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Table Of Contents  The TCP/IP Guide
 9  TCP/IP Application Layer Protocols, Services and Applications (OSI Layers 5, 6 and 7)
      9  Name Systems and TCP/IP Name Registration and Name Resolution
           9  TCP/IP Name Systems: Host Tables and Domain Name System (DNS)
                9  TCP/IP Domain Name System (DNS)
                     9  DNS Name Servers and Name Resolution
                          9  DNS Name Server Concepts and Operation

Previous Topic/Section
DNS Name Server Types and Roles: Primary/Master, Secondary/Slave and Caching-Only Servers
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23
Next Page
DNS Root Name Servers
Next Topic/Section

DNS Zone Management, Contacts and Zone Transfers
(Page 1 of 3)

The authority for a particular DNS zone is responsible for performing a variety of tasks to manage it. Zone management encompasses the entire gamut of jobs related to a zone: deciding on the name hierarchy within the zone, specifying procedures for name registration, technical work related to keeping DNS servers running and other “administrative overhead” of all sorts. This job can be either very small or incredibly large, depending on the type of organization. A small domain owned by an individual doesn't require much work to manage, while one for a huge company might require a dedicated staff to maintain.

Domain Contacts

It is important that it be possible for anyone on an internetwork to be able to determine who the owner of a domain is, so that person can be reached for whatever reason. On the Internet, each DNS domain has associated with it a set of three contacts that are responsible for different facets of managing a domain. These are the:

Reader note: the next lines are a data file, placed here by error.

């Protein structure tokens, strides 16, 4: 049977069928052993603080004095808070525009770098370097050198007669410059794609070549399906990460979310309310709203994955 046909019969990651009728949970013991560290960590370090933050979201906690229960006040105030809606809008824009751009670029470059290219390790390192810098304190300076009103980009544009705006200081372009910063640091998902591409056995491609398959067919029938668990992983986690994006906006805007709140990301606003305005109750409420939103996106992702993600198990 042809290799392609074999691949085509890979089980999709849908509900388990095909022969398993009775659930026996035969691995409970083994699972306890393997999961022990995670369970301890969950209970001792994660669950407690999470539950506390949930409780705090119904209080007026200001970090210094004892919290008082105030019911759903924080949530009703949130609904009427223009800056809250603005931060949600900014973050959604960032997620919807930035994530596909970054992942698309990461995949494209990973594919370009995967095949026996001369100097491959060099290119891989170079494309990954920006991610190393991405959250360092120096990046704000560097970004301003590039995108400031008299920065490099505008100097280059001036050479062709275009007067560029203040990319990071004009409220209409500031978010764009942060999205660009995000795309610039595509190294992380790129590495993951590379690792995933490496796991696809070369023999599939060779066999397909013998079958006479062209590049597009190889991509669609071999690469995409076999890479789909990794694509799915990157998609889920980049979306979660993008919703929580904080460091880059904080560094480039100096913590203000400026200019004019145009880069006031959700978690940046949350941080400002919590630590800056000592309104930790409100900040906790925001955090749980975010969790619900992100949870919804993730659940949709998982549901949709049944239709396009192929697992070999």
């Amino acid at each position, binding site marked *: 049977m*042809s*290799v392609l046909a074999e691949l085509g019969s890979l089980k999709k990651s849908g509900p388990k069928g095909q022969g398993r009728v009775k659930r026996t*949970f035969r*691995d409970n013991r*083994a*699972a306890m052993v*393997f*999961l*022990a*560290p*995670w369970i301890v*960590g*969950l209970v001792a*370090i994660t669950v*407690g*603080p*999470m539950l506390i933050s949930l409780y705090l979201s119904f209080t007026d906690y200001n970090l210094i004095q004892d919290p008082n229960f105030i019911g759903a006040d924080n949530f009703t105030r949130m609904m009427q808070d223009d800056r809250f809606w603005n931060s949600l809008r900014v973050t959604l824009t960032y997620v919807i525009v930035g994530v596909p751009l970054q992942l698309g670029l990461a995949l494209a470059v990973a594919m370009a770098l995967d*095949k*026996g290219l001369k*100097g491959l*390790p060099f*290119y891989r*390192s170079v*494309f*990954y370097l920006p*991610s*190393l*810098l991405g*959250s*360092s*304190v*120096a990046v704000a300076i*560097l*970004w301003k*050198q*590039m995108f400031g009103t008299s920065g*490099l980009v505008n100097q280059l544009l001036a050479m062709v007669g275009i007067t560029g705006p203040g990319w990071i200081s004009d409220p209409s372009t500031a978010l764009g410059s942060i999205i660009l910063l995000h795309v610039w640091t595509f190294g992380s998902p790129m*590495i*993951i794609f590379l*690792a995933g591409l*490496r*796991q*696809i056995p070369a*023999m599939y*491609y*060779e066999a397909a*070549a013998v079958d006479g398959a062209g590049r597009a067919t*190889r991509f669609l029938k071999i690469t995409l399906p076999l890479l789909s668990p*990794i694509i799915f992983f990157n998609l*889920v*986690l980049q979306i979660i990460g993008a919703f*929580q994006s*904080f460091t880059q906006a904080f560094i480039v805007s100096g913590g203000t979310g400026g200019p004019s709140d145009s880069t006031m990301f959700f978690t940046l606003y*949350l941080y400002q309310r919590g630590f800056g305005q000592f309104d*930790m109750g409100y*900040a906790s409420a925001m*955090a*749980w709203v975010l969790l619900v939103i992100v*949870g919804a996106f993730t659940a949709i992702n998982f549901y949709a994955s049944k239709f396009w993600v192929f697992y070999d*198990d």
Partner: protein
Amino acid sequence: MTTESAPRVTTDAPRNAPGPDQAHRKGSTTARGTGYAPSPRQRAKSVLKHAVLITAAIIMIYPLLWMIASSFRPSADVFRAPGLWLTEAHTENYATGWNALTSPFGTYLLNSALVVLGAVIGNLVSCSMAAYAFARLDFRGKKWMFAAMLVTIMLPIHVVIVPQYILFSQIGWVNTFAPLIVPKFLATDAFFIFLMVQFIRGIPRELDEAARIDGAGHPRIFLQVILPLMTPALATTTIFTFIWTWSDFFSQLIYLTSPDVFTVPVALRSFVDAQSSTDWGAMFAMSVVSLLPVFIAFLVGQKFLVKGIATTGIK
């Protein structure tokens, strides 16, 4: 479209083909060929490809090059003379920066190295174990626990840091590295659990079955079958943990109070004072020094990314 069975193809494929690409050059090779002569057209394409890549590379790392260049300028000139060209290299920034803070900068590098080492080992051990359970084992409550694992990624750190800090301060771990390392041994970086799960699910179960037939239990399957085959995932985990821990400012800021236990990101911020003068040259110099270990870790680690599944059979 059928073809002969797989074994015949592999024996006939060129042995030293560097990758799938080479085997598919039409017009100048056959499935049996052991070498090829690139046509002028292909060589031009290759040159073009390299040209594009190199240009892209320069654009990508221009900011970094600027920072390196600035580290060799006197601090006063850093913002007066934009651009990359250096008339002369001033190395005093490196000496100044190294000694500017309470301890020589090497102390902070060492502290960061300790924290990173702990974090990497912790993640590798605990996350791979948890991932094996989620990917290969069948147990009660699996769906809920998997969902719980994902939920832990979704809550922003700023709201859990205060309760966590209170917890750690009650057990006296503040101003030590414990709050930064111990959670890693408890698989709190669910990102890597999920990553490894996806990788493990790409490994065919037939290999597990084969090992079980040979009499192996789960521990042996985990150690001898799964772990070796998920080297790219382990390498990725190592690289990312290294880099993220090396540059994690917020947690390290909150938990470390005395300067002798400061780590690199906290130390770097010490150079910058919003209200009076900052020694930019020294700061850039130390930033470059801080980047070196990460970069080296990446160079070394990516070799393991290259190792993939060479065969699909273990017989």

• Administrative Contact: The “main” contact, responsible for the domain as a whole. This individual or organization is considered the overall owner of the domain.

  • Billing Contact: A contact responsible for handling payment for domain services and other accounting matters.

  • Technical Contact: A contact who handles the technical details of setting up DNS for the domain and making sure it works.

For smaller domains, there usually is no separate billing contact; it is the same as the administrative contact. In contrast, the technical contact is often different from the administrative contact in both large and small domains. Large organizations will make the technical contact someone in their information technology department. Small organizations often let their Internet Service Provider (ISP) provide DNS services, and in that case, the technical contact would be someone at that ISP.

Key Concept: Each DNS domain has associated with it a set of three contact names that indicate who is responsible for managing it. The administrative contact is the person with overall responsibility for the domain. The billing contact is responsible for payment issues; this may be the same as the administrative contact. The technical contact is in charge of technical matters for the domain, and is often a different person than the administrative contact, especially when DNS services are out-sourced.



Previous Topic/Section
DNS Name Server Types and Roles: Primary/Master, Secondary/Slave and Caching-Only Servers
Previous Page
Pages in Current Topic/Section
1
23
Next Page
DNS Root Name Servers
Next Topic/Section

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Version 3.0 - Version Date: September 20, 2005

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